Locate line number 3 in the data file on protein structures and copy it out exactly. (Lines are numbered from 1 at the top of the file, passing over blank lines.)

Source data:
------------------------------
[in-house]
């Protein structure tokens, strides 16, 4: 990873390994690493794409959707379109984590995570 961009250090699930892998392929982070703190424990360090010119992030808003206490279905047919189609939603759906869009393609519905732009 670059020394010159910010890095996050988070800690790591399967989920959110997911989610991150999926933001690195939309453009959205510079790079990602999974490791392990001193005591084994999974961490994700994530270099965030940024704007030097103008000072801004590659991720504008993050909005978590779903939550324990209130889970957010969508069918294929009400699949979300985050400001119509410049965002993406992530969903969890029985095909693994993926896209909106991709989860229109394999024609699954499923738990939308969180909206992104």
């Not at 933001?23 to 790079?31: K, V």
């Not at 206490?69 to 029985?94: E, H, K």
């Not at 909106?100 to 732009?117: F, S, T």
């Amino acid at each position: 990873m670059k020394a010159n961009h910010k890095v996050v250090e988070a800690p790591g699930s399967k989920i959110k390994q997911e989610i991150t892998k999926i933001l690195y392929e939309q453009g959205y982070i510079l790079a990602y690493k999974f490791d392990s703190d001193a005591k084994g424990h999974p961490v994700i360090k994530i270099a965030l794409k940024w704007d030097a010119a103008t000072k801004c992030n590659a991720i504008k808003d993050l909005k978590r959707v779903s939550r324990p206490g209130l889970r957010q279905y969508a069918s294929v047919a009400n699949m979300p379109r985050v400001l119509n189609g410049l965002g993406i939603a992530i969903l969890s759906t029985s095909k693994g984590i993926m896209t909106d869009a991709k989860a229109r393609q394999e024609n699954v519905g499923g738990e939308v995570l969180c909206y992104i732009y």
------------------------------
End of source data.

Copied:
């Not at 933001?23 to 790079?31: K, V």